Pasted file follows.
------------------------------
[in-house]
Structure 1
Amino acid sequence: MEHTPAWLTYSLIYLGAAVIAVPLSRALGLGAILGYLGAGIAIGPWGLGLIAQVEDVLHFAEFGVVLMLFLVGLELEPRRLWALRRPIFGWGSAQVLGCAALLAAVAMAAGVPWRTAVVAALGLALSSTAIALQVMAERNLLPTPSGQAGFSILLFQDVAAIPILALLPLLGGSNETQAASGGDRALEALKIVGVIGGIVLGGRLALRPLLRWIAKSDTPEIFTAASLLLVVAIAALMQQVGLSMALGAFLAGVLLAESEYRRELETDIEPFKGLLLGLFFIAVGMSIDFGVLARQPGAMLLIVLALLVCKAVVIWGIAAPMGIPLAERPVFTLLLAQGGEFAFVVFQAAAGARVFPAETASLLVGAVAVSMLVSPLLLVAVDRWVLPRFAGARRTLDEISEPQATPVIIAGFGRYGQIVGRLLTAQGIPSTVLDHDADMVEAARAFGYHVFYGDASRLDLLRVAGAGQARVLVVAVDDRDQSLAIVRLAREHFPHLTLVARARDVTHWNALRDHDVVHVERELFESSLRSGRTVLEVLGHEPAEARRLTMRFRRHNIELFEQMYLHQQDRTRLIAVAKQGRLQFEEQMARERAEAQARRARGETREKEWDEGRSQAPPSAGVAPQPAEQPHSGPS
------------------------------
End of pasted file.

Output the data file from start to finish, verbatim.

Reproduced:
[in-house]
Structure 1
Amino acid sequence: MEHTPAWLTYSLIYLGAAVIAVPLSRALGLGAILGYLGAGIAIGPWGLGLIAQVEDVLHFAEFGVVLMLFLVGLELEPRRLWALRRPIFGWGSAQVLGCAALLAAVAMAAGVPWRTAVVAALGLALSSTAIALQVMAERNLLPTPSGQAGFSILLFQDVAAIPILALLPLLGGSNETQAASGGDRALEALKIVGVIGGIVLGGRLALRPLLRWIAKSDTPEIFTAASLLLVVAIAALMQQVGLSMALGAFLAGVLLAESEYRRELETDIEPFKGLLLGLFFIAVGMSIDFGVLARQPGAMLLIVLALLVCKAVVIWGIAAPMGIPLAERPVFTLLLAQGGEFAFVVFQAAAGARVFPAETASLLVGAVAVSMLVSPLLLVAVDRWVLPRFAGARRTLDEISEPQATPVIIAGFGRYGQIVGRLLTAQGIPSTVLDHDADMVEAARAFGYHVFYGDASRLDLLRVAGAGQARVLVVAVDDRDQSLAIVRLAREHFPHLTLVARARDVTHWNALRDHDVVHVERELFESSLRSGRTVLEVLGHEPAEARRLTMRFRRHNIELFEQMYLHQQDRTRLIAVAKQGRLQFEEQMARERAEAQARRARGETREKEWDEGRSQAPPSAGVAPQPAEQPHSGPS